The Ethics of Corporal Punishment For Children

Spare the rod, and avoid a restraining order...

The societal approval pendulum has swung so far away from physically punishing children that a formal spanking risks an accusation of child abuse. The Hawaii Supreme Court, in the case of Hamilton ex rel. Lethem v. Lethem,  in which a retraining order was issued against a father accused of abusing his 15-year-old daughter, pronounced guidelines for determining what constitutes reasonable and moderate corporal punishment of a child by a parent, ruling that such punishment is reasonable (and a Constitutional right ) when..

  • “…the parent’s discipline is reasonably related to the purpose of safeguarding or promoting the welfare of the minor,”
  • The punishment properly takes into account the nature of the misbehavior,
  •  …the child’s age and size, and
  • …the nature and propriety of the force used.

I would add to the court’s legal standard that punishing a child in anger is always unethical, because it amount to retaliation, vengeance or loss of self-control. Corporal punishment of a child should never be personal, and should arise out of love, not fury. The Hawaii Supreme Court’s standards are consistent with this.

The court directed the lower court to apply its standard to the facts of the case. In that instance, there seems little doubt that the parent was in fact abusive. You can read about the case here.

[Huzzah to the Volokh Conspiracy for the story.]

31 thoughts on “The Ethics of Corporal Punishment For Children

  1. “…punishing a child in anger is always unethical, because it amount[s] to retaliation, vengeance or loss of self-control. Corporal punishment of a child should never be personal, and should arise out of love, not fury.”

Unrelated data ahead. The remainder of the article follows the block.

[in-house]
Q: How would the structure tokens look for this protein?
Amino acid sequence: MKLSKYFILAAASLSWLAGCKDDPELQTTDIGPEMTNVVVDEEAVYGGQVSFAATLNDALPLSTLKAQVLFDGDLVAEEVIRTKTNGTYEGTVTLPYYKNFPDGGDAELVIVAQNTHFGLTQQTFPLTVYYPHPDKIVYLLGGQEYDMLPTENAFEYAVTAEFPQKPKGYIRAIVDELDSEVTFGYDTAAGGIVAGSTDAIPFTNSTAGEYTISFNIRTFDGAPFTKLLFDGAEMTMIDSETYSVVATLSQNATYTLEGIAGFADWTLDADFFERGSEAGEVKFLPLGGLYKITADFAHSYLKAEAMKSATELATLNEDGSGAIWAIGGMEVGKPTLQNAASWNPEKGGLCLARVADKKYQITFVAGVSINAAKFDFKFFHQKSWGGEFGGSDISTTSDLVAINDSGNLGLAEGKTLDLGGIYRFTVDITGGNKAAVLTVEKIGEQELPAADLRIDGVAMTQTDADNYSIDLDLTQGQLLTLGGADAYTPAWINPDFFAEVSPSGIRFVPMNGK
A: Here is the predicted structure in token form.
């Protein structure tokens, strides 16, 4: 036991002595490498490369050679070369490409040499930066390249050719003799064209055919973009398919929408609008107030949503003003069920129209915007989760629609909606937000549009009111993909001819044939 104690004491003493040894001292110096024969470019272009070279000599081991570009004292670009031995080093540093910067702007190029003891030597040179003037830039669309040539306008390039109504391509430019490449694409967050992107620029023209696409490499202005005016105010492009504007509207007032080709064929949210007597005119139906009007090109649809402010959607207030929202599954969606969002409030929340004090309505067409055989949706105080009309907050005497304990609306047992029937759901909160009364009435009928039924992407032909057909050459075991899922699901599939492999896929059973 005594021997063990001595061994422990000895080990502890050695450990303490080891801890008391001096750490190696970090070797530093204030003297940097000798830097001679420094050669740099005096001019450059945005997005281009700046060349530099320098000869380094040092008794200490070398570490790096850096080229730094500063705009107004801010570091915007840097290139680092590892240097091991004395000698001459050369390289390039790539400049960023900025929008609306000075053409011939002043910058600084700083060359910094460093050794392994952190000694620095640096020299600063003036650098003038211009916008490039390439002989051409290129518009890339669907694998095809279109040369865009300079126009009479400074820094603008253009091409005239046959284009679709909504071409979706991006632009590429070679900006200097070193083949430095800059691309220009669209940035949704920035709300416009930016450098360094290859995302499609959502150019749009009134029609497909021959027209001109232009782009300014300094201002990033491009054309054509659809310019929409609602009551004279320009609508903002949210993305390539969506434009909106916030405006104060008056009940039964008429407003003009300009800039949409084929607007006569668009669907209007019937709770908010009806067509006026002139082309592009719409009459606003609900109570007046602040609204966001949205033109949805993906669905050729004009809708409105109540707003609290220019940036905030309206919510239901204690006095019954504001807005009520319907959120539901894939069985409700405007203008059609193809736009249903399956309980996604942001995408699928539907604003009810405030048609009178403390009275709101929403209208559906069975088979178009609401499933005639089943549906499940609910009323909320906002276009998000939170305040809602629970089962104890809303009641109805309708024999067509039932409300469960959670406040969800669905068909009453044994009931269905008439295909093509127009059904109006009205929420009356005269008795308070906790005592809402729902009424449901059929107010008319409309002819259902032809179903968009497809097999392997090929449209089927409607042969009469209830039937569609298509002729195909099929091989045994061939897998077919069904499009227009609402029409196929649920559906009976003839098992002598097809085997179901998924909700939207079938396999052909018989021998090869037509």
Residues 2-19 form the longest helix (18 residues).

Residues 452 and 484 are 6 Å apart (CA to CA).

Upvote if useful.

I agree wholeheartedly. Further, in light of the recent viral video – in which a father literally takes a gun and shoots his daughter’s laptop computer – punishment for a child’s publication of grievances against parents should never include exhibitionism of parental disapproval; doing so is simply doubling-down on violation of the Golden Rule. And saying that doesn’t even begin to address a parent’s responsibility for exemplifying and teaching children about force(s), uses of force and reasonable uses of force, which are at the heart of effective corporal punishment.

    • I watched that video. People who equate that with corporal punishment or threatening violence against a child are being deceitful. He states quite clearly that she will be grounded from her electronic devices and this one is finally and unconditionally gone. He does not threaten to shoot her. There is no use of force reasonable or unreasonable and no corporal punishment. The father was quite calm through most of the video. The only time any emotion came out was when he was talking about the daughter calling their friend “the housekeeper”.

      I did notice that he was very careful not to hit the hard drive. Spare 2.5″ hard drives have a lot of uses. Good gun control.

      • “People who equate that with corporal punishment or threatening violence against a child are being deceitful.”

        I wasn’t equating what was in the video with anything but exhibitionism. “Drama queen” is a commonly known and used term. What that dad did is drama duke behavior – “royally overreactive” – and then, the world is supposed to be proud of him for that, like it’s something exemplary, and every dad henceforth should do exactly the same when one of his kids writes a snotty note? I understand Harris and Klebold, the two guys who rampaged at Columbine High School, were also calm while they did their shooting, including of themselves. Gun control, indeed.

          • If you haven’t seen it, then don’t make pronouncements about it. You wrote yourself “And saying that doesn’t even begin to address a parent’s responsibility for exemplifying and teaching children about force(s), uses of force and reasonable uses of force, which are at the heart of effective corporal punishment.” His video had no corporal punishment explicit or implied. In fact, he listed the punishment explicitly, and it was not corporal. You did indeed bring corporal punishment into it. Then, you go on to imply that the father is similar to serial killers. “I understand Harris and Klebold, the two guys who rampaged at Columbine High School, were also calm while they did their shooting, including of themselves.”